I’d booked my travel in two distinct hops, on two different carriers. It was the most economical. (As an aside, the first hop, on Batik Airlines from Perth to Kuala Lumpur was on a Boeing 737-Max, the jet with all the problems a few years ago. I’m happy to report it didn’t crash.) It was a redeye, we left Perth at 6:30 pm with an arrival at midnight in Malaysia. Flight was decent, even in economy class (I’m such a snob, these days!), because I had a window and nobody in the middle. On the downside, not even water was to be had without paying.
After landing, I cruise through Immigration and Customs, and after some scurrying about, finding out my outward flight is in a different terminal, ten minutes away by shuttle bus, I get to where I need to be. I figured since my flight was scheduled for 0655 and it was around 0100, I’d find a quiet corner and get some zees. I figured conditions to be somewhere between Denver overnight (no flights, and only a few people roaming the concourses), and Venice overnight (nobody, and I mean nobody except the guy driving the floor-tile Zamboni, and the carabinieri hassling me for not having my mask over my nose (it was January 2022 – Omicron time).
I was wrong. The place was bustling. There were scheduled flights all night. Restaurants were open – even the frigging Starbucks. It was so crowded, I had a difficult time even finding a seat (I eventually did). While seated, I saw there was a self-serve kiosk. Since I wasn't going to get any sleep anyway, I shuffled over and printed my boarding pass and baggage tag. Yeah, I’ve been checking my bag lately. They are really strict about carry on in this part of the world – for both quantity and weight. In Cairns, for instance, they weighed every carry on to ensure it didn’t exceed the 7 kg limit. My two bags are 9.1 & 6.5 kg, if you're curious. Since one bag is often included in the fare, or if the fare is super economy, and I have to pay a bit, I figure what the hell.
Around 0300, the stations open for checking bags for the airline. I dutifully queue behind the myriad of people who are taking massive amounts of luggage with them. From what I could tell, it appeared entire families were relocating via airplane. I eventually get to the front. I had the gentleman my passport and put the bag on the conveyor, complete with the tag already applied. This’ll be quick. He scans, my passport, checks the boarding pass, looks at my bag, and asks me for my visa. I pull it out of the Critical Carry bag, and hand it over.
He's looking. And looking, And looking. Finally, he looks and me and says the passport numbers don’t match. Sure enough, the first three digits of my passport are 562, and on the visa application, I’d typed 552. Fat Finger Freddie strikes again. He says he can’t let me on the plane; I’ll have to get a new visa.
Swell. It takes a minimum of three days processing and $100 US to get one. I’m left holding the bag. The bag being stuck in the KL airport with a non-refundable airline ticket, a week-long hotel reservation who’s 24-hours prior to arrival refund expired just 6 hours previously, and scheduled tour in the new city for which I had no idea if it could be refunded, but I don't think so. Added up, the visa and lost bookings totaled about $500 in actual lost money, and a zombie multiplier of no sleep and food, caused this cowboy to question life choices. Like they say, it's always darkest before the dawn, and 0400 am is smack-dab in the middle of that timespan. Bleak city.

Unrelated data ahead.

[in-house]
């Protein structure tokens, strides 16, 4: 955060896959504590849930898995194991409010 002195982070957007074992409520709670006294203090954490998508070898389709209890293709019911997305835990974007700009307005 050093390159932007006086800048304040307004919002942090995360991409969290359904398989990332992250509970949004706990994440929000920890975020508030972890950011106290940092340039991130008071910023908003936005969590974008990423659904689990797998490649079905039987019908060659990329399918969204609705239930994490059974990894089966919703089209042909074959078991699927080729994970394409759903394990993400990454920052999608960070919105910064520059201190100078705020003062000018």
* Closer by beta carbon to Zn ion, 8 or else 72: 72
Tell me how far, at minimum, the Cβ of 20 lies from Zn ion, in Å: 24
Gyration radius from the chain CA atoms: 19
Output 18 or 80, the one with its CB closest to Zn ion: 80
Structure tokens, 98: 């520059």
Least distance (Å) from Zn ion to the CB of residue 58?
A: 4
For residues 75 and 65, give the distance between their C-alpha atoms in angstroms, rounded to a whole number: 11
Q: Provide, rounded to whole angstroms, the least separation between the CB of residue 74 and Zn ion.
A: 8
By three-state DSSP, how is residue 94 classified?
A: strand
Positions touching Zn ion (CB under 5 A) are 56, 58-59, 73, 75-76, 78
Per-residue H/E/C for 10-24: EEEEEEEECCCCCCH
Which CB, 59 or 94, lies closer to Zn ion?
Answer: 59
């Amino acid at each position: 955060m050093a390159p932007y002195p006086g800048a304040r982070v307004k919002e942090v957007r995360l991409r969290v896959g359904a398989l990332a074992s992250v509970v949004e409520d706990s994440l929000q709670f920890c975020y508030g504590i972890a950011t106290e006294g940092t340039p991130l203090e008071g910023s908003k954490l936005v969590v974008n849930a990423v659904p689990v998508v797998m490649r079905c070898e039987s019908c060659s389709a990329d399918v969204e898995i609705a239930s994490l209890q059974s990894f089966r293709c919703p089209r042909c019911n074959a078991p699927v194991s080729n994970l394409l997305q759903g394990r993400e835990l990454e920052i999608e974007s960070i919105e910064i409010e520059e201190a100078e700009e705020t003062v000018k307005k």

It took a bit, but I sucked it up Buttercup, and started looking at hotels in the city. I’ve got nowhere to go and nowhen to be there. Since I’m here, I may as well check out KL. So, within about twenty five minutes, I’d booked myself into a 4-star hotel in the city center for less than $50/night. It dawned on me, slowly to be sure, because fatigue and calorie deficit, that, damn, KL is very affordable! Now, I just needed to (a) get some cash because (b) thought I would take a cab to the hotel. The cash part was easy, you can’t walk 50 meters in an airport these days without seeing an ATM sign. I decided to delay the getting a cab part lie for a bit to let the sun come up. Who knows what kind of crabby cabby I’d get at 4:30 am, and y room wouldn’t be ready until mid-afternoon, anyway. Ergo, no hurry.
Around 8:00 am, as I wandered the vastness of just the second terminal at this gargantuan airport, I stumbled across the KLIA-Express ticket window. KLIA is an acronym for Kuala Lumpur International Airport, and Express meant TRAIN! I paid the whopping 55 Malaysian Ringgit (about $12) for the 35 minute ride and hopped aboard. Cab be damned: I had spied that the train was going to drop me about 1.5 miles from the hotel.
Now this is why I make sure I can carry all my luggage. I popped the Patagonia Black Hole with clothes on my back, and the Critical Carry backpack on my front, and legged it to the hotel in about 45 minutes. I didn’t get run over even once, though in my ignorance of how aggressive the driving is, and that they drive on the wrong side of the road, I did offer a few opportunities. Protip: It’s not a good idea to walk in a non-pedestrian-friendly city in the heat, and/or when one hasn’t slept.
I’m now in my hotel room. And I’ve located a good coffee shop, a Malaysian restaurant where I can get dinner for the price of an Americano at the coffee shop, Chinatown, and three groceries all within about a 15 minute walk. The hotel has both a gym and a pool, too. By my reckoning, I’ve managed to make a silk purse out of a sow’s ear, but in the process I did end up paying a stiff price for my lack of proofreading. So for all you ones of readers out there, don’t just be smart and learn from your mistakes, be wise and learn from mine.